+ Cheeseburger + Ice cream / Spaghetti x Chips = Graham Ramsay
200 Gertrude Street Gallery, Melbourne
5 -19 December 1998
Review by Daniel Palmer
been some time now since the West has conferred cultural value on being
portly. Most often it signifies greed, at least moral inferiority. The
overweight male remains all but invisible in the media except as a health
risk. Recent medical findings have only accelerated a trend towards downsizing.
Nevertheless, the spectacular logic of entertainment in millennial capitalism
dictates that anything goes. Thus, "gut barging" is a growing
media sport in pub-crazed Britain, and, in late 1998, fatness and the
male body formed the subject of a Melbourne art experiment by a visiting
YBA, in residence at 200 Gertrude Street as part of the Melbourne Scotland
Graham Ramsays conceptual aim in Beer + Cheeseburger was to increase
his body weight as much as possible within a two month period of forced
high calorie consumption, combined with "a programme of zero physical
exercise." This performance was meticulously documented, and the
results neatly summarised in a side-on before-and-after shot, showing
two pale hairy bellies; the one on the right is ten kilos heavier, bulging
over the belt buckle.
A wall plastered with diet sheets detailed, day by day, the entirety of
his consumption over the period, as well as any incidental notes (the
Melbourne gas crisis in October made things awkward, as did tooth pains
following too much sweet food). On another wall was the obligatory graph.
To implicate the audience, a bowl refilled with hot chips at regular intervals
on opening night was left on a podium.
There was also a short video of the guts growth made with fellow
Scot, Clara Ursitti. In this up-beat documentary, Ramsay scoffs junk food,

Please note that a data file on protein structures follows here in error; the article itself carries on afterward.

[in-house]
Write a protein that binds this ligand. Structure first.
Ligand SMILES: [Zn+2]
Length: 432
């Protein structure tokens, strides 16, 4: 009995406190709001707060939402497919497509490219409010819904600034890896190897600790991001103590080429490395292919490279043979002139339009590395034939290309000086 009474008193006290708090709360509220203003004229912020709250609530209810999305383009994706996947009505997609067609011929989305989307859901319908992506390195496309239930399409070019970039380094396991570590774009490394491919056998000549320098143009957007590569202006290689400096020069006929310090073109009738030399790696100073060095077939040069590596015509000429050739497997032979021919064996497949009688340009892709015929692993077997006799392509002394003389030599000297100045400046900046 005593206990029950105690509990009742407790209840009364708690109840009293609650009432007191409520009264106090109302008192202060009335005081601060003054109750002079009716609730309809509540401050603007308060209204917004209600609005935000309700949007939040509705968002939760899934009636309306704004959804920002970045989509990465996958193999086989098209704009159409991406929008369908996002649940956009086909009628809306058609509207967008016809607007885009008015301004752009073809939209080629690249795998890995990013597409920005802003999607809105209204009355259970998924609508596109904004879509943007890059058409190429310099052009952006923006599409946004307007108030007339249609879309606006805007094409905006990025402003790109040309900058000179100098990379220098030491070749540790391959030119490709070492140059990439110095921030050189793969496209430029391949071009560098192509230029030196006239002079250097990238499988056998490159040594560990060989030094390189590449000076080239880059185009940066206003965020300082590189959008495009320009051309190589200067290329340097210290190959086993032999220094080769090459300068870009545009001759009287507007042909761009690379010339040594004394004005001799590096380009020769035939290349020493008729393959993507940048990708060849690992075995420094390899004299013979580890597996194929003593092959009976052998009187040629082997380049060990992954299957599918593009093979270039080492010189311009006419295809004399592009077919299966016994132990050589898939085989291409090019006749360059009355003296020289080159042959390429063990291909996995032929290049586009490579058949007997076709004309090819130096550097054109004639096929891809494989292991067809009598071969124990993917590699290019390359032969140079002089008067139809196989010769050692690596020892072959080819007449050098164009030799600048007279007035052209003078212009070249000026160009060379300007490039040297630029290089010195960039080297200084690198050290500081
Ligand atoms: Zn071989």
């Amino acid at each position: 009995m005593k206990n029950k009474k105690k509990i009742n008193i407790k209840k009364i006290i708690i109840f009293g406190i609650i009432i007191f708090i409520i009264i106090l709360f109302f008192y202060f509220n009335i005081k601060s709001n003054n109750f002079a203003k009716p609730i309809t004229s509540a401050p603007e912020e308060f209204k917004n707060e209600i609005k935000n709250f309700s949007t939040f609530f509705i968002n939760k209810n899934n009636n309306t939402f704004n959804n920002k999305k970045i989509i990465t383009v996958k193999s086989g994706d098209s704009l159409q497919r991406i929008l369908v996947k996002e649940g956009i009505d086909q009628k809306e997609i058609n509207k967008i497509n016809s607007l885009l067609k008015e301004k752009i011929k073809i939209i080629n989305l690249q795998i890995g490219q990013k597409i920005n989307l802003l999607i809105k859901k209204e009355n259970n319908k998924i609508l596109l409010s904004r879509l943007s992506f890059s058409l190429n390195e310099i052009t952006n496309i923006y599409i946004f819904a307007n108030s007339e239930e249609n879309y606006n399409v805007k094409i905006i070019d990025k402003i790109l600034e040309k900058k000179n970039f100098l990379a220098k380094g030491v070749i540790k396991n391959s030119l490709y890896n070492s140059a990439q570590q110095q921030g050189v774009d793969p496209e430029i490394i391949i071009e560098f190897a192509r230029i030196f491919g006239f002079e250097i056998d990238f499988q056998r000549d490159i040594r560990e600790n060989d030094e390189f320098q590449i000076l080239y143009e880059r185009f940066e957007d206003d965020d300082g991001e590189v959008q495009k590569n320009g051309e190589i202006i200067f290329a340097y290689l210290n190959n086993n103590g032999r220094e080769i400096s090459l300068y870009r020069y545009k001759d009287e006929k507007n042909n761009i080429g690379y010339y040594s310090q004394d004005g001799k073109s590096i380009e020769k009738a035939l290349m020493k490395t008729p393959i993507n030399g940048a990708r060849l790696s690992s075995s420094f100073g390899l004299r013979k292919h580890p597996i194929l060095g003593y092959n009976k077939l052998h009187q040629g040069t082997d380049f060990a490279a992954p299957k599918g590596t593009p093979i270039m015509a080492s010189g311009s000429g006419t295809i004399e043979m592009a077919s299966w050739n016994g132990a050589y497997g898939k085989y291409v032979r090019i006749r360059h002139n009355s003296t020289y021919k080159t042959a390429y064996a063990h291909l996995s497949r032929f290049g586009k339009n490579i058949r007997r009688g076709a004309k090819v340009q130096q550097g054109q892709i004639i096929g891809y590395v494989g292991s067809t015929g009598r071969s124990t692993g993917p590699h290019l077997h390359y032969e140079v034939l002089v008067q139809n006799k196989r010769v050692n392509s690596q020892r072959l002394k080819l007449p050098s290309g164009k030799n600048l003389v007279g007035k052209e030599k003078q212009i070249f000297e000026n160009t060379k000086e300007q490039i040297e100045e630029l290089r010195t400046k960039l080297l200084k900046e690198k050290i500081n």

orders hot chips, and watches The Simpsons. The De Niro technique is held
up as an inspiration, and Marlon Brando's dinner is perfectly reproduced.
Both exemplars remind us that this is a specifically male inter-text.
The accompanying catalogue, in the form of an interview with the artist,
parodies the language of popular diet programmesof "strict
regimes" and the likewhile also recognising the contradictions
of diet and consumer culture, reconciled only in advertising dollars.
But this knowingness is undercut by Ramsays own acknowledged decadence
as an artist, and his stated, yet impossible, desire "to attain the
higher state of untroubled consumer."
Different audiences would certainly have had different reactions to this
spectacle of the male body. As a comment on our excessive consumption,
hedonism, and the rules that guide it, the show was neither didactic nor
merely ironic. Its appeal was both voyeuristic and vicarious, circus-like
and mundane - like the opening night screening of Ramsay's collaborative
video work with John Beagles Video Hits and Misses, which can be read
as a comic melange of white British masculinity in crisis. As much as
Ramsay's work could be discussed philosophically in terms of unproductive
expenditure, the key to such vernacular expression lies more in its proudly
inane humour. As for too much fat, well, it's still bad for you.